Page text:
Veterans Affairs Scrutinized Over Rehiring of Employee After Fatal Incident

Congress is expanding its investigation of the U.S. Department of Veterans Affairs, in the wake of a News4 I-Team report.

During a congressional hearing Thursday, the chairman of the U.S. House Committee on Veterans Affairs ordered the agency to explain its decision to rehire a senior executive involved in an incident that killed a co-worker in 2010, and he ordered the VA provide the information as soon as possible.

Police records and personnel documents obtained by the I-Team under the Freedom of Information Act recently revealed Jed Fillingim, a Department of Veterans Affairs financial manager, admitted drinking and driving a government truck during a June 2010 business trip to Texas, when his colleague Amy Wheat fell from the moving vehicle and died.

Though Fillingim resigned his job in November 2010, five months after the incident, the I-Team learned he was rehired in March 2011, to a different post in a VA office in Georgia. Fillingim was rehired despite being the subject of an ongoing federal investigation into misconduct. Fillingim has retained the job ever since, despite investigators ruling he misused a government vehicle by driving it “intoxicated."

House Committee on Veterans Affairs Chairman Rep. Jeff Miller (R-Fla.), during the Thursday hearing, called the incident “egregious” and asked a VA deputy secretary to provide details about who decided to rehire Fillingim and why. Miller also asked, “Why isn't drinking and driving a government vehicle a fire-able offense?”

The agency’s deputy secretary, Sloan Gibson, said he wasn’t familiar enough with Fillingim’s case to provide answers.

“It’d be speculation on my part,” he said.

Also Thursday, Sen. Johnny Isakson (R-Ga.), a member of the Senate’s Veterans Affairs Committee issued a statement questioning VA’s handling of the Fillingim case.

“I have serious concerns about the continued lack of accountability within the Department of Veterans Affairs’ system of management and discipline of its employees,” Isakson said. “Not only is it troubling that the VA would rehire someone who is the subject of an ongoing criminal investigation by its own Inspector General, but this agency’s refusal to answer for its actions citing privacy concerns is unacceptable.”

Police records show Fillingim was arrested by Addison, Texas, police immediately after Wheat’s death on suspicion of “intoxication manslaughter” in June 2010. During a police interrogation, footage of which was obtained by the News4 I-Team, Fillingim admits drinking that evening. Prosecutors chose not to charge Fillingim with a crime, according to police records. His blood alcohol level was measured at 0.03, below the legal limit for intoxication, though the test was administered nearly six hours after the truck incident was reported to police and 12 hours after Fillingim estimated he’d entered a nearby bar. The police report said there was no evidence of “foul play” and “all indication is that Wheat exited [the truck] on her own accord.”
The third VA employee in the truck, Chad Barney, was arrested for public intoxication. Prosecutors also declined to file charges against Barney.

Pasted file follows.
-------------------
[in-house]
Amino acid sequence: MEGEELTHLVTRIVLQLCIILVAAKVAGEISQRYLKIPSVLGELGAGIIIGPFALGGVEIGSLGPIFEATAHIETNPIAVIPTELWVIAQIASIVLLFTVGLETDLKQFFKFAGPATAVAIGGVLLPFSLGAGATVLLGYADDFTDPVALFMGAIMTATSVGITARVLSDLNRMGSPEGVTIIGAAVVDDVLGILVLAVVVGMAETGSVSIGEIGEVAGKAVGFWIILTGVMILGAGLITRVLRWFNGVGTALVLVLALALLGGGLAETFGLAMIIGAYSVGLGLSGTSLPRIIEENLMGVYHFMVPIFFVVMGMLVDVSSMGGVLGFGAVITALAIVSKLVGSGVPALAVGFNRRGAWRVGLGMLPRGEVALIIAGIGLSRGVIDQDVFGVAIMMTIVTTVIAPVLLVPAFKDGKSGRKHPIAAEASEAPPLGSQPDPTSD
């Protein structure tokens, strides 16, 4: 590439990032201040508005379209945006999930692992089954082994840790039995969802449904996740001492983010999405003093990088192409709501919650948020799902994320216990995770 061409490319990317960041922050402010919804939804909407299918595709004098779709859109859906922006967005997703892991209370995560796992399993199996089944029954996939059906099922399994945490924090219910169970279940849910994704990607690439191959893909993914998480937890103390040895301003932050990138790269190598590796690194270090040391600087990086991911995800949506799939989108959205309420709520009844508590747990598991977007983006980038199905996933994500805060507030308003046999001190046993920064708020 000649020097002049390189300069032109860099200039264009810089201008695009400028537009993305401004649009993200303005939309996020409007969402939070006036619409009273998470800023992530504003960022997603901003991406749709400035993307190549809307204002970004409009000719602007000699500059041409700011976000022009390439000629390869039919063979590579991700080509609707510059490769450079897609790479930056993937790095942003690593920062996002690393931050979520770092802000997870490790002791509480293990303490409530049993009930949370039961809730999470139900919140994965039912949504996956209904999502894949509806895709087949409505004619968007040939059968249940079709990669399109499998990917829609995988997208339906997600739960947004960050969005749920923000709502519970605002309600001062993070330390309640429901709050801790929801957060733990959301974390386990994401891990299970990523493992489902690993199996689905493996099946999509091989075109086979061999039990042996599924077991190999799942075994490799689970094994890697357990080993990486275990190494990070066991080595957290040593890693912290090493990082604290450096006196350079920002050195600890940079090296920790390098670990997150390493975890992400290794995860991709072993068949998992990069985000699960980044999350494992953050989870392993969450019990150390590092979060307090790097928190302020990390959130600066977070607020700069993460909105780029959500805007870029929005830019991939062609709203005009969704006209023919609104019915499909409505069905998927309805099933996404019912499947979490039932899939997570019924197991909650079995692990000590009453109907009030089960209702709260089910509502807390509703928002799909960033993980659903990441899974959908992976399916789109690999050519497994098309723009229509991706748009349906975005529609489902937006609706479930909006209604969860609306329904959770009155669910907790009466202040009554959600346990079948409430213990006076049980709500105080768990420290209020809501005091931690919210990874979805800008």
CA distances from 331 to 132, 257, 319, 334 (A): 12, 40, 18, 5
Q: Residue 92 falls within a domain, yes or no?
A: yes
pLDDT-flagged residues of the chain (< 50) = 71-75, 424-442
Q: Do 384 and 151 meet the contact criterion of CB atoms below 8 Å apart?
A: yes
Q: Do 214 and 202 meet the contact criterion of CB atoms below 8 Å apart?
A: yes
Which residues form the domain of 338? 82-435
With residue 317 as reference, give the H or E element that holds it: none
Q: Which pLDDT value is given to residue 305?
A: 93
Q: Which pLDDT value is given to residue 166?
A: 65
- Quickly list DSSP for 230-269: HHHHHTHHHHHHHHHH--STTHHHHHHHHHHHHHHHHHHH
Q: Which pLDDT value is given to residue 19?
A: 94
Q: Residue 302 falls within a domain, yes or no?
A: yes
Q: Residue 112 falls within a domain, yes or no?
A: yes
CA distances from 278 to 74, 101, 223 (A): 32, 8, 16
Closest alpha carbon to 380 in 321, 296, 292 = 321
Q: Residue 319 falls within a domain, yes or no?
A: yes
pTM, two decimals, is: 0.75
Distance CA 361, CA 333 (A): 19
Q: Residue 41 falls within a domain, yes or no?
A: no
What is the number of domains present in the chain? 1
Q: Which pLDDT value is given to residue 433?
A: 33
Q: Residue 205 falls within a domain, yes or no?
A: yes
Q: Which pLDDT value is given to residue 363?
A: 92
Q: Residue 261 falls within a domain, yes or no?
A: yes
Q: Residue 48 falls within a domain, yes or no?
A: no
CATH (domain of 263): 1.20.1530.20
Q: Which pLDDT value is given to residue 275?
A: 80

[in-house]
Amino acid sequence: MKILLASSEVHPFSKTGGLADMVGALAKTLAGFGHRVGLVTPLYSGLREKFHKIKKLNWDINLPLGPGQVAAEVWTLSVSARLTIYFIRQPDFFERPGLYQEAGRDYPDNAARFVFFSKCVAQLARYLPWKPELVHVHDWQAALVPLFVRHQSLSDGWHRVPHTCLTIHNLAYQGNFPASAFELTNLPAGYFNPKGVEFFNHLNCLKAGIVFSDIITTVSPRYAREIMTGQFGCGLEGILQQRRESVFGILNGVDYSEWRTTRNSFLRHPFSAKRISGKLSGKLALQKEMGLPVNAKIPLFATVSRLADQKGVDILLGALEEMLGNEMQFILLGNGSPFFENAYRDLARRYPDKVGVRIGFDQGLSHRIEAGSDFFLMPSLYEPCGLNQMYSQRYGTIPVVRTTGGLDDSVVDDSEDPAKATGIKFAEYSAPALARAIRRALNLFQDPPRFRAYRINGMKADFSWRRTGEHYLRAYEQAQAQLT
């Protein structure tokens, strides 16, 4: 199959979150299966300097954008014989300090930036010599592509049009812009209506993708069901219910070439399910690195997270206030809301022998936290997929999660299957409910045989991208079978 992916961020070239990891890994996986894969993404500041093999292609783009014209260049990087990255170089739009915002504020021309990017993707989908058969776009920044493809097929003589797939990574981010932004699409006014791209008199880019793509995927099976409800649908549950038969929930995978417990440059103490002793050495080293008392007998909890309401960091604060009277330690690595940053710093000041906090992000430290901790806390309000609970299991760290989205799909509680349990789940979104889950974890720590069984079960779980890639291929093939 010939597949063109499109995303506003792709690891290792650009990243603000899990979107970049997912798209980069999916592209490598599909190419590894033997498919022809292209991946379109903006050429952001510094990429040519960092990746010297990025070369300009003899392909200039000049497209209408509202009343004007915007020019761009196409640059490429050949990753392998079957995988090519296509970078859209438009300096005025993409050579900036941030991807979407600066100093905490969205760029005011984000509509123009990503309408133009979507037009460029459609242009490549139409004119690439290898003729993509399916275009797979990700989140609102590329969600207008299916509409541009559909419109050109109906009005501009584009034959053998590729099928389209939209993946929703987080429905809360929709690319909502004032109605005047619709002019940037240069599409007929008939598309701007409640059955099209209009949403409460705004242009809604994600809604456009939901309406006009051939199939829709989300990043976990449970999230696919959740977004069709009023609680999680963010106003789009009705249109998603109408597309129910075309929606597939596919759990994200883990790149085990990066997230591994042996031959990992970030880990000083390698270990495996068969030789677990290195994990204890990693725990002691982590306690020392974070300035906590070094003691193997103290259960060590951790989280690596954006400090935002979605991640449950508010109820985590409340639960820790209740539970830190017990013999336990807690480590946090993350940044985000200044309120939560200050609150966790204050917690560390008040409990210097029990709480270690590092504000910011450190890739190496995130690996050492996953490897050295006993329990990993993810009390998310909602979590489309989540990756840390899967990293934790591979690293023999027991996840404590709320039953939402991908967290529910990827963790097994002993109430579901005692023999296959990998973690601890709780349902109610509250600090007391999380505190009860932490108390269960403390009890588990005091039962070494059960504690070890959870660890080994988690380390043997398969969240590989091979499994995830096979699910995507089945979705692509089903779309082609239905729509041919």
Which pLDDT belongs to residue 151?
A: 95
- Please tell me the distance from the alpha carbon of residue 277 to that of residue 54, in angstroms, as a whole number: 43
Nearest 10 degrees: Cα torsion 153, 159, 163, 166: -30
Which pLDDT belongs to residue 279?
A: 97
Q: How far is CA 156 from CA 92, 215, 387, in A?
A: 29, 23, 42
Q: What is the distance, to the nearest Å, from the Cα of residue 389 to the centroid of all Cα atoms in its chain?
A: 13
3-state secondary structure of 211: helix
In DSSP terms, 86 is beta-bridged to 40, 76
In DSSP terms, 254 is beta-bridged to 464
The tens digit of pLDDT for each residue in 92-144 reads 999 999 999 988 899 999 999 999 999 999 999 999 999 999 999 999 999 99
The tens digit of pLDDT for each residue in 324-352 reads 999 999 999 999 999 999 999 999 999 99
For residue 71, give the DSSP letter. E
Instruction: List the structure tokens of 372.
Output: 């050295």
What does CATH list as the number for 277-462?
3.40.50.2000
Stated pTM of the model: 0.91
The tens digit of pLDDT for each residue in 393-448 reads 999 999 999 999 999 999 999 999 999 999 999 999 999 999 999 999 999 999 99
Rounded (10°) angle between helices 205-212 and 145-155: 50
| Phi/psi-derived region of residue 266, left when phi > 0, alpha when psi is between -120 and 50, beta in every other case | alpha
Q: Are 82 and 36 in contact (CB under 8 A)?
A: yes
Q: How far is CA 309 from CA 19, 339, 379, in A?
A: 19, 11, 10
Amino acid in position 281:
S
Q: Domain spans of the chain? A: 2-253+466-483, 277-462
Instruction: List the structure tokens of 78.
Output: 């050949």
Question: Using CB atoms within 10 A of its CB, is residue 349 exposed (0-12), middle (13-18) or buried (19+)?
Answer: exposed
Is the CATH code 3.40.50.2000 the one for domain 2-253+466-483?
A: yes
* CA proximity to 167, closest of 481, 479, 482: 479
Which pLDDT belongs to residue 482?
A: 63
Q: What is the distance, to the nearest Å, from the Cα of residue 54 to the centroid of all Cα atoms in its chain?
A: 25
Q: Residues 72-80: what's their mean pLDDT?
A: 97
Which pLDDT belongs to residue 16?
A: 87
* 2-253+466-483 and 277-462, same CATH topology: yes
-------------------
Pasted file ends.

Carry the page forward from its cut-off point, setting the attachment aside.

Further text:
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Police reports say credit card statements from Fillingim and Barney show the men purchased a total of more than a dozen alcoholic drinks the night of Wheat’s death at the BlackFinn bar in Addison, including “jaeger bombs,” beer and vodka. A waitress told police some of the drinks were purchased on behalf of other patrons at BlackFinn.

In January 2012, federal investigators with the U.S. General Services Administration Inspector General’s office found Fillingim and Barney had operated the government vehicle outside “proper policy guidelines, including driving a (vehicle) intoxicated.”

Rep. Miller said the VA should explain why it continues to employ a worker who admits driving a government vehicle while under the influence of alcohol.

“They don't want to seem to hold anyone accountable for doing anything wrong,” Miller said. “The VA needs to quit being afraid of disciplining people and firing them."

In December, the committee formally asked the Veterans Affairs Department to hand over its records on Jed Fillingim within 10 days. But a committee spokesman said no response has been received yet.

The U.S. Department of Veterans Affairs declined to comment on Fillingim’s rehiring. An agency spokeswoman issued a statement saying, “Due to privacy laws, VA cannot provide additional detail on personnel issues.” The spokeswoman confirmed the agency investigated the death and found the two employees were operating the vehicle “outside VA policy guidelines.”

Jed Fillingim, reached by phone, declined to answer questions about the June 2010 incident. When asked how he managed to again find work at the U.S. Department of Veterans Affairs, Fillingim said, “That’s on the VA to answer those questions.

Wheat’s father, James Mobley, told the News4 I-Team the death of his daughter is a “tragedy.” Mobley said he’s disappointed Fillingim has not contacted the Mobley family with an explanation for what happened the night of her death.

Personnel records do not cite the specific reason for Fillingim’s resignation in November 2010, five months after the deadly incident in Dallas.

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